Friday, July 10, 2009

Tomato Disease Identification, Garden Update

Upon venturing out to the garden today I found more bad news in what looks to be Early Blight on my Yellow Pear Tomatoes.
I will have to do a bit more research, but upon quick inspection on this site, (which is one of my favorites for tomatoes), I appear to have a match. It would make sense with all this wet weather, I think disease is really starting to set in in many Northeast gardens. I am contemplating a weekly spray to try and combat already existing and future diseases with Serenade Garden Spray. Next year I will be sure to have a copper solution ready as well.
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My strawberries are all over the place. The $30 spent at Johnny's for 2 bunches of plants (Honeoye and Cabot) for the hanging bags is turning out to be a bust. They have been producing lots of fruit, but with all the rain most of them have gotten moldy before they ripen. This problem started later for me than most folks in my area since they are off the ground, but because of the plants immaturity they also set fruit later than established plants. I chose to not pinch off flowers their first year as you typically would since they are hanging; the plants are unable to send off runners therefore the theory is they have a bit more energy to send to the roots and developing fruit.
The plants are not as bushy as those that were planted in the ground in the beginning of June as ground cover (click here), however that batch was picked up locally and were already quite large. They have been sending off runners like crazy and I am having a hard time keeping up with the flower pinching. Even the runners are sending up bunches of pink flowers which I spent quite a bit of time removing this morning. There are a handful of berries that snuck by me and they are starting to turn, I am actually looking forward to trying one these mystery variety berries if the birds don't get to them first.
Lanky Strawberry plants in hanging bags

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I did a bit of harvesting today as well. I desperately need to cut more lettuce but the CSA has been keeping our crisper drawer well stocked with greens, so my garden waits. I had one tomato ready for picking on three different plants, one Big Beef, one Juliet, and one Sungold. What gives? The size of the fruits is noticeably smaller than earlier in the season, another side effect of our weather no doubt (I think I have a case of The Incredible Shrinking Tomatoes!).
Maybe the cool night temperatures are to blame? Mid fifties is a common occurrence lately. Along with the singleton tomatoes is a very lonely strawberry and a trio of cukes. I certainly don't have enough to make pickles so it looks as though they will be destined for the salad plate. Johnny's Seeds does recommend picking these 'Northern Pickling' cukes "frequently at a small size". Hmm, maybe these are already to big?

6 comments:

Erin said...

Wow, I know what you mean about the weather...wierd here, too! It's usually in the upper 90's from the end of June - Sep, but we have been enjoying lower 80's with no humidity most of the summer! While I can't complain about that, my tomatoes are taking forever to mature!! I am hoping to post this weekend, and be done with my "hiatus"...hubby is leaving again in two weeks so we had so much to do and blogging is the thing that fell by the wayside, lol! I hope it's not blight on your tomatoes, that junk lives in the soil for a long time...I thought mine was too, but turned out to be too much rain and washed my nutrients away...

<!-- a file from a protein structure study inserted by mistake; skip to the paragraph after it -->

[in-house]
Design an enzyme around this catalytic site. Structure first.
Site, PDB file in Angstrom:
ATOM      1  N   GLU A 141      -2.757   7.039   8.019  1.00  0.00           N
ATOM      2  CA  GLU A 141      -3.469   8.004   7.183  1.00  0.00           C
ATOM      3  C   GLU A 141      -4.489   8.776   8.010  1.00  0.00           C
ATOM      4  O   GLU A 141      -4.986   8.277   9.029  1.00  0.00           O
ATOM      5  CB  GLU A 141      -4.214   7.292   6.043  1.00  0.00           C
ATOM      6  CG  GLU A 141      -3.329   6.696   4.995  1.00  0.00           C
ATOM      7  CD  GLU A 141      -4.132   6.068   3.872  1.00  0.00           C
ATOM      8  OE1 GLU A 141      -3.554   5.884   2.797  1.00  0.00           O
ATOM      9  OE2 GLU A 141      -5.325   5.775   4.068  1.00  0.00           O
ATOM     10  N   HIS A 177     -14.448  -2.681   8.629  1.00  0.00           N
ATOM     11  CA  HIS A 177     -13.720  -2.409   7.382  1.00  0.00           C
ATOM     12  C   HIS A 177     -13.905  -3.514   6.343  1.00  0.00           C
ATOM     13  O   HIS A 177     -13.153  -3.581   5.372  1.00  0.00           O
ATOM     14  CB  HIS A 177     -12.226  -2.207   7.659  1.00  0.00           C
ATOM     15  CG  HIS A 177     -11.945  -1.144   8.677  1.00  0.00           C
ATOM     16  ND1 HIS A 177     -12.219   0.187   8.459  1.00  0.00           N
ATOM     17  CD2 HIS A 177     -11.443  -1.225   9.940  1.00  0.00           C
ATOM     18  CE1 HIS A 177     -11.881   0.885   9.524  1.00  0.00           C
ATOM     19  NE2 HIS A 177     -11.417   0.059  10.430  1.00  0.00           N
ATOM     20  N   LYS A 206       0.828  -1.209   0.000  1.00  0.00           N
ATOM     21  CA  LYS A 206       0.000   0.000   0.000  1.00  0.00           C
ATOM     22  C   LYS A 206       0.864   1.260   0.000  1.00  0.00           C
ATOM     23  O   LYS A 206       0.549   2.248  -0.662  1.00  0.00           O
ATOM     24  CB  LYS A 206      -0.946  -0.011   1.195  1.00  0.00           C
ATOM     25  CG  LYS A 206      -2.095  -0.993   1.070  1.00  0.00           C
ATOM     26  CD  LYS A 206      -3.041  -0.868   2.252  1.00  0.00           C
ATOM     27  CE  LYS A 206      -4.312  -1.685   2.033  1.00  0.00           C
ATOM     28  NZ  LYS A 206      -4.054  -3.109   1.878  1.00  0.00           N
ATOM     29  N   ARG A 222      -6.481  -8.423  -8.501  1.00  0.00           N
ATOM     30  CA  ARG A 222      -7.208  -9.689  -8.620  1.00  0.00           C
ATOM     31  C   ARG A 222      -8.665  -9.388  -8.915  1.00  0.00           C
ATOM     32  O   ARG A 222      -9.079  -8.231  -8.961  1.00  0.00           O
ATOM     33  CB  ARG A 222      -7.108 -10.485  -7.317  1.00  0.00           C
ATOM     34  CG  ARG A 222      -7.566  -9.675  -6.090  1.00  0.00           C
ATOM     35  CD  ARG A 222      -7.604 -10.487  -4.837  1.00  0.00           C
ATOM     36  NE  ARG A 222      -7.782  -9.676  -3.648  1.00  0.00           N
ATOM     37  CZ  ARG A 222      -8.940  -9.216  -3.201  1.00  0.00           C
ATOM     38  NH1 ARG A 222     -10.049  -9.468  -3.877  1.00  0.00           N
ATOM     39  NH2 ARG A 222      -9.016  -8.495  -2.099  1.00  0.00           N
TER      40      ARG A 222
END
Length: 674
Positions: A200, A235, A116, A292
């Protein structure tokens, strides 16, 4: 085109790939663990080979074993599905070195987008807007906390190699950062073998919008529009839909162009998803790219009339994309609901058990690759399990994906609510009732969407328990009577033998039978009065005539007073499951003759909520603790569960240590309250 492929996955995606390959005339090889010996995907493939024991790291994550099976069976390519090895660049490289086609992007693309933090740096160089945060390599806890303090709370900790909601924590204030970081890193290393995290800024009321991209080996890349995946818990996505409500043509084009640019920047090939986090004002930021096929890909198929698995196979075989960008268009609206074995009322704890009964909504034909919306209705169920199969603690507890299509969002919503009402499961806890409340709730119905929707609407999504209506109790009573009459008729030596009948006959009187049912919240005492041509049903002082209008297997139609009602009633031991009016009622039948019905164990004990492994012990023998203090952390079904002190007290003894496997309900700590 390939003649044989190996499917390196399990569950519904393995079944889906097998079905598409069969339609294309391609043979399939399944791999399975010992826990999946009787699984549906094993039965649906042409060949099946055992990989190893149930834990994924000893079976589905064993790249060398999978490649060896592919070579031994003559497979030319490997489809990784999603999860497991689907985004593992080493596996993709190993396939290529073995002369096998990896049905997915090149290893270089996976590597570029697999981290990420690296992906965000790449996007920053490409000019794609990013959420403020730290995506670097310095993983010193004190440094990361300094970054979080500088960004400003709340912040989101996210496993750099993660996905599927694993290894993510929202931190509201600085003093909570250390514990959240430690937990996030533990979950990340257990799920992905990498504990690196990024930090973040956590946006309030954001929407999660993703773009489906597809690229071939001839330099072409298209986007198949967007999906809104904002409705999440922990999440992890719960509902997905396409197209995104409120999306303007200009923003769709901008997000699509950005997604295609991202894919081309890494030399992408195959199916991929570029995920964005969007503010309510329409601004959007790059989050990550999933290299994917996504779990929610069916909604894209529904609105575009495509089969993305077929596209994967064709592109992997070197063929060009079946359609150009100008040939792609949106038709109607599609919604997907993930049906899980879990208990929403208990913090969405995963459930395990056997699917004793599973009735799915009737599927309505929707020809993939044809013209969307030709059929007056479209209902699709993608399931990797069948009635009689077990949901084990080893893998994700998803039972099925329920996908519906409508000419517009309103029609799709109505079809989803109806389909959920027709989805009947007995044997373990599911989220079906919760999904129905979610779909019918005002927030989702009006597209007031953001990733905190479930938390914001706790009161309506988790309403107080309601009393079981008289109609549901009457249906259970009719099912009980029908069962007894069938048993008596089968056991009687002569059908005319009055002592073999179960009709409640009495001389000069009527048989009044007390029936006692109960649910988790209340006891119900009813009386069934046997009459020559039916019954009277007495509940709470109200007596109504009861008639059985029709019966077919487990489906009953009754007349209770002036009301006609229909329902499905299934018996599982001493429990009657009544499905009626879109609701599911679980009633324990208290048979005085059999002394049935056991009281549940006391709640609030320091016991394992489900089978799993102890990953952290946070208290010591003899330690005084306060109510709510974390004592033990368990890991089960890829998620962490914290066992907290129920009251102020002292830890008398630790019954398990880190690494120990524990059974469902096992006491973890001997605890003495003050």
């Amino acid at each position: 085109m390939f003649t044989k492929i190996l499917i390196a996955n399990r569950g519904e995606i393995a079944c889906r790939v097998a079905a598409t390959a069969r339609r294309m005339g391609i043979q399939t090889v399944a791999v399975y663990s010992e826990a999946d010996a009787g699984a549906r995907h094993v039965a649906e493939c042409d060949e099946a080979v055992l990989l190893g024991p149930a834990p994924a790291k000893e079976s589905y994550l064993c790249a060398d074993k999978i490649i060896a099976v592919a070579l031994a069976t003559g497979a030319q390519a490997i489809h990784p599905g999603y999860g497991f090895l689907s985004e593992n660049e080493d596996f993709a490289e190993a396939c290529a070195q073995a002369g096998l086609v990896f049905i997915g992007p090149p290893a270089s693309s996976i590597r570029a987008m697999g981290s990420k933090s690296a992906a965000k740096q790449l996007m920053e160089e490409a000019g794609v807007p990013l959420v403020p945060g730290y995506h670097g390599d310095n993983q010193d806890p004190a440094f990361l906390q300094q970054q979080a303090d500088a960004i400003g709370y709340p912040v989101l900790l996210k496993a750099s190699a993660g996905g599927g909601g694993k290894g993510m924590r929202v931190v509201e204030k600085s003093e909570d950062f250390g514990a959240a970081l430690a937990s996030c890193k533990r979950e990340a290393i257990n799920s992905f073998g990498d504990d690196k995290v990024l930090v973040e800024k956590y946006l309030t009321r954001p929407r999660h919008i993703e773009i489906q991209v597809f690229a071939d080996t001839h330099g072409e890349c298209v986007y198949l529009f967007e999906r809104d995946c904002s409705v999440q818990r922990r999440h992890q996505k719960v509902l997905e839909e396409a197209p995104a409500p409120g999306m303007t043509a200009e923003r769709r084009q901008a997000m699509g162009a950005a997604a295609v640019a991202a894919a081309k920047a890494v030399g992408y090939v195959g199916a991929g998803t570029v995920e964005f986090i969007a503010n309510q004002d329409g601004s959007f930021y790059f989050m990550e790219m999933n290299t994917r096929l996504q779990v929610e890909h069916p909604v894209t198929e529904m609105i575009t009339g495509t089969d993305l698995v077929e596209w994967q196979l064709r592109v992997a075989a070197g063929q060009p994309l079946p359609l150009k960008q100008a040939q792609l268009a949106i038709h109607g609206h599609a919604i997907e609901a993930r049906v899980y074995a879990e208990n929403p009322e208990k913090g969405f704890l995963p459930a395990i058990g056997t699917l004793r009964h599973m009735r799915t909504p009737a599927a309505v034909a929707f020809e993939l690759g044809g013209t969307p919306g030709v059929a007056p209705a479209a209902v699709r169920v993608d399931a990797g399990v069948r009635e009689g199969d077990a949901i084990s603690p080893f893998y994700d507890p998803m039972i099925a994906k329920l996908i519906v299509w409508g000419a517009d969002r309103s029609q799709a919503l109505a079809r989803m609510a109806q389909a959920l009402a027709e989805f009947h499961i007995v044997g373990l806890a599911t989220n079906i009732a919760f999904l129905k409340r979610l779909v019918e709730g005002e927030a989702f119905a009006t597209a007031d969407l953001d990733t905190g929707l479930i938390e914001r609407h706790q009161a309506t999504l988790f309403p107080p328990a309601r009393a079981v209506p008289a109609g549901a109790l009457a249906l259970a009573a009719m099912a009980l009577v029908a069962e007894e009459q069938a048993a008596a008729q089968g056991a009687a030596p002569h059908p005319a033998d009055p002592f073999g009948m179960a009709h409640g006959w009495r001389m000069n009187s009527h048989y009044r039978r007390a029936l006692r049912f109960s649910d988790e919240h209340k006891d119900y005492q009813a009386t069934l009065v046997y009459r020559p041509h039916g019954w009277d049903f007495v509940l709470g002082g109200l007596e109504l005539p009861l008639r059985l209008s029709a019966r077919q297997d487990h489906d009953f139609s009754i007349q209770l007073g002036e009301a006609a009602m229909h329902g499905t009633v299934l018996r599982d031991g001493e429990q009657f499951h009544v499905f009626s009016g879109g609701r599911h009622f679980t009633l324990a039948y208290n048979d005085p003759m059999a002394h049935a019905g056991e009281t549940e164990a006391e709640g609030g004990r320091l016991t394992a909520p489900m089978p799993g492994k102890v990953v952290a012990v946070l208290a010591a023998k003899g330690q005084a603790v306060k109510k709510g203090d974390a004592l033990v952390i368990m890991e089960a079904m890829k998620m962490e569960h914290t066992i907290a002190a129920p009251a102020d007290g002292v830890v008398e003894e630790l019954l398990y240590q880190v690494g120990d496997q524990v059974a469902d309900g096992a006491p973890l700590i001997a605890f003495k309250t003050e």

Kelly said...

Well that would be great news! Luckily these are in containers so if turns out to be blight I am hoping to keep it contained, a bit unrealistic I know- that is if the spraying works. Tough with all the rain to wash it away.

Enjoy the rest of your hiatus and your 80 degree weather!!

Ruralrose said...

Hey Girl - tomatoes hate cold weather and you are for sure seeing them complain - put organic banana peels and crushed egg shells on the ground right around the plants - the added nutrients will help - for the weather you have been having your plants look great. Perfect conditions for berries, enjoy next year it might be too hot for a bumper crop. I pick those cukes before they turn yellow, that said, my son likes pickles this size best! I love this blog, beautiful perfection, how do you find the time? peace for all

Kelly said...

Hi Rualrose, once again thanks for the words of wisdom! I only have pesticide ridden banana peels, but I wash them before handing them over to little hands....hoping that removes most of the residue. Think they are OK to put down?

The cukes are so spiny, do those soften with pickling?

I do spend too much time on this blog some days, lol. Mostly I do it at night and occasionally I just neglect the children. 8) It has been really fun for me and a great way to keep track of the garden and recipes. The best part is meeting people like you along the way!!

Ruralrose said...

What a sweetheart you are. do you really have 8 kids? i have never heard of removing the spines, but have been told to cut off the blossom end to keep the dill pickles from being soft - looks like you did just fine at making them pickles wish i was coming for lunch - peace

Kelly said...

LOL, that was a smily face - 8)

I would be 6 feet under if I had 8 kids!!